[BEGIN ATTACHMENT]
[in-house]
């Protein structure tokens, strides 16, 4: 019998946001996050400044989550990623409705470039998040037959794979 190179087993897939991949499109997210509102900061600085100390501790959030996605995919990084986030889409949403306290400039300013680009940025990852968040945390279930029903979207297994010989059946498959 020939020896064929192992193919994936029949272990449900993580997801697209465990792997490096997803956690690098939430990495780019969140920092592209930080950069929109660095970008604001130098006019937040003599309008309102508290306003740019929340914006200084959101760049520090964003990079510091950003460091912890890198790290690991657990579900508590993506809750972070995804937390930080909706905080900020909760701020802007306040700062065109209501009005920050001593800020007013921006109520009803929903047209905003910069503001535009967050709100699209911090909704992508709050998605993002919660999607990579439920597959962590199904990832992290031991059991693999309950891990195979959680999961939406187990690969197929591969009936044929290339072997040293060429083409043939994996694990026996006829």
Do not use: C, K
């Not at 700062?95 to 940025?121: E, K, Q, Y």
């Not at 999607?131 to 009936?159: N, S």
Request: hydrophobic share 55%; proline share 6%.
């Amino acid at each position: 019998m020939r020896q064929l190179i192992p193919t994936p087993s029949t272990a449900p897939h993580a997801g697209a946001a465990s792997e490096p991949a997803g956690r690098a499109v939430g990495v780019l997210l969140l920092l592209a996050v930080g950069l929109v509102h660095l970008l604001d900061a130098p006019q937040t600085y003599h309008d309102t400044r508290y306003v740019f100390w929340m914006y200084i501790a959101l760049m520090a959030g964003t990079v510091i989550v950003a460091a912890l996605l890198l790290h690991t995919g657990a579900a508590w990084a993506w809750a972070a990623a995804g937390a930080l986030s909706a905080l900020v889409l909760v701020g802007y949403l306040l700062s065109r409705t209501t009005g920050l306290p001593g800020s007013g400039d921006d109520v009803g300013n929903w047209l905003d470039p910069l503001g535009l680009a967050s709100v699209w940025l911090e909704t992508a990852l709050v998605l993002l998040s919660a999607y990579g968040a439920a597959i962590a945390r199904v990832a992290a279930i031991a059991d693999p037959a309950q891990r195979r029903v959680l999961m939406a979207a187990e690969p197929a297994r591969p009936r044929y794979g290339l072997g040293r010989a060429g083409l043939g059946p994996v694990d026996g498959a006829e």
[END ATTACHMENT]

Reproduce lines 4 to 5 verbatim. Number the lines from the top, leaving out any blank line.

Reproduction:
């Not at 700062?95 to 940025?121: E, K, Q, Y």
């Not at 999607?131 to 009936?159: N, S």